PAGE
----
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Kate, mom to 7 year old Djuna and 4 yr old Alden. Missing our good friend Hal the cat who died June 2, 2010
Lots of 7 year olds make mistakes on verb tenses, especially for less common verbs. What you do is perfect. She'll get it eventually.
The only time I 'correct' is when my child gets a word 'wrong' (e.g., using vampire for umpire) and it causes confusion.
For speech sounds that I know a child can't make I leave it. For speech sounds that they can make, but the incorrect pronunciation has become a habit, or it's just an error in the initial processing of the word, I will correct.
For a long time, our second DD could not say the L sound. Now she can, but on a few words that she uses a lot, she still replaces L with W out of habit. I've seen my niece and one of my cousin do the same thing. Many of their pronunciation errors lasted longer than they should have out of habit.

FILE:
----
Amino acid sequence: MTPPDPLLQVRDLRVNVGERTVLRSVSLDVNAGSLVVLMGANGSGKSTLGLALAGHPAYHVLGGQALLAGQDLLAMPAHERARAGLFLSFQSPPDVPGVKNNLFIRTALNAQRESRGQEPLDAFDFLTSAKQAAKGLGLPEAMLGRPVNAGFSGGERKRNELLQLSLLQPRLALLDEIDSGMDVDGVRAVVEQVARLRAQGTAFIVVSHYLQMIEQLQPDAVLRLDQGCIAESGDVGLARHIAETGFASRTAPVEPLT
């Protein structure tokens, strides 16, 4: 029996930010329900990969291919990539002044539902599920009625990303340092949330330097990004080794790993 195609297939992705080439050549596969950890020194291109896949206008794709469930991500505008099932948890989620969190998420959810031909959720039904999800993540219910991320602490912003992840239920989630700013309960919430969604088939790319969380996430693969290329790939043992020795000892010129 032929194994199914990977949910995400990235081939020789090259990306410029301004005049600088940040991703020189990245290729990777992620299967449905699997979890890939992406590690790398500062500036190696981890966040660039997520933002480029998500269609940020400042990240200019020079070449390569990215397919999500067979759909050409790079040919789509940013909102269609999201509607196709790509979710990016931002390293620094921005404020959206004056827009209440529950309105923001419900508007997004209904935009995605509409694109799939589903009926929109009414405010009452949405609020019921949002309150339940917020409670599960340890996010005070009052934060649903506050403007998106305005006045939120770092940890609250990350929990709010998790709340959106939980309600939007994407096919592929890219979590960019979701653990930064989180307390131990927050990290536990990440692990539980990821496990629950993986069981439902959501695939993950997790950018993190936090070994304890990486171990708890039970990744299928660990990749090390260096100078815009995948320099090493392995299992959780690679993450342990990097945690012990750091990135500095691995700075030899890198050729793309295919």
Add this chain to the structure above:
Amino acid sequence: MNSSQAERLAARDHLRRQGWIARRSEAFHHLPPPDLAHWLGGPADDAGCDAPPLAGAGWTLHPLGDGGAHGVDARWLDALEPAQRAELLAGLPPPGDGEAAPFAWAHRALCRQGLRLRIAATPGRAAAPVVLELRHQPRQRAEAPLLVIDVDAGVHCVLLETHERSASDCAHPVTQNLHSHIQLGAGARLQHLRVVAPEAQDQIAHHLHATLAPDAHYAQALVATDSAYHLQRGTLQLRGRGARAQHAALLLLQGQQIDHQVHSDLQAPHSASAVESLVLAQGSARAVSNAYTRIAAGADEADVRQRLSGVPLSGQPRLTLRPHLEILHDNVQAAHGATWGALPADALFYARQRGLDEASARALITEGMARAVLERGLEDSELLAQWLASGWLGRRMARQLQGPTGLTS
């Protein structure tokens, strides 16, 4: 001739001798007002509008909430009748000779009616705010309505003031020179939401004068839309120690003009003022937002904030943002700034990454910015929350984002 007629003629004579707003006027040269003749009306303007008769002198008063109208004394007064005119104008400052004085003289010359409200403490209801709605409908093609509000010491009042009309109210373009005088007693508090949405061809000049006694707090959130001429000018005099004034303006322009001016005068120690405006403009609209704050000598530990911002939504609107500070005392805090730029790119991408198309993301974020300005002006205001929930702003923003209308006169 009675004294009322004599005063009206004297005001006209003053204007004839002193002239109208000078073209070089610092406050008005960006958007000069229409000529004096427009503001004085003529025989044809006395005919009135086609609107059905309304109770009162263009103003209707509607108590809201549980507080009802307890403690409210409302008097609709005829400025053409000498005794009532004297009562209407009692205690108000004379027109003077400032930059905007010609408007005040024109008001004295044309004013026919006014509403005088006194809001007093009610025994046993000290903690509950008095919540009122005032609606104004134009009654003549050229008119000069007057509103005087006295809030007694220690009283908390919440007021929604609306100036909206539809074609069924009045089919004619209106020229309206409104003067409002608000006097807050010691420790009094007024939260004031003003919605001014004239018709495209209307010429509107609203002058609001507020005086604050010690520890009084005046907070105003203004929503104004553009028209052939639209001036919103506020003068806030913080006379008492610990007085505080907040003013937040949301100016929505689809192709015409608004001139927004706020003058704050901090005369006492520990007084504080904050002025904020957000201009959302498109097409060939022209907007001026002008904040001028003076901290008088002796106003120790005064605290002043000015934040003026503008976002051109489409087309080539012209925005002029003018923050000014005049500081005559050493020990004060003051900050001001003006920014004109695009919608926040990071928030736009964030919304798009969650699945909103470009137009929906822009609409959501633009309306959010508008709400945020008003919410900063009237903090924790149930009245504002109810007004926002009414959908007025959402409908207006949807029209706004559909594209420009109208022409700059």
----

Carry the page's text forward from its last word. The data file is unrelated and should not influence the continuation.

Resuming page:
Also, on a word with a lot of syllables things sometimes get mixed up the first few time the child tries the word out. With older kids I will break the word down and help them learn to say it. Our girls are 5 and 6 and we've been doing this for a long time now. This assumes that the child can learn to say the word correctly in a couple of tries.
Out of habit, he substitutes the "w" sound for "f". Since I know he is physically able to do it, when he says "Whoa" for "four," I say "Try saying it like this: four." Then he repeats "foe" and I say "You did it!" Nevermind he has no "r" on the end yet. That will come in time.
The only reason I began addressing some of his pronunciation now is because most people outside the family cannot understand him, and it frustrates him. For the things that are habits, I think the sooner I help him re-learn, the better. But we keep it positive, fun and casual, which I think is key.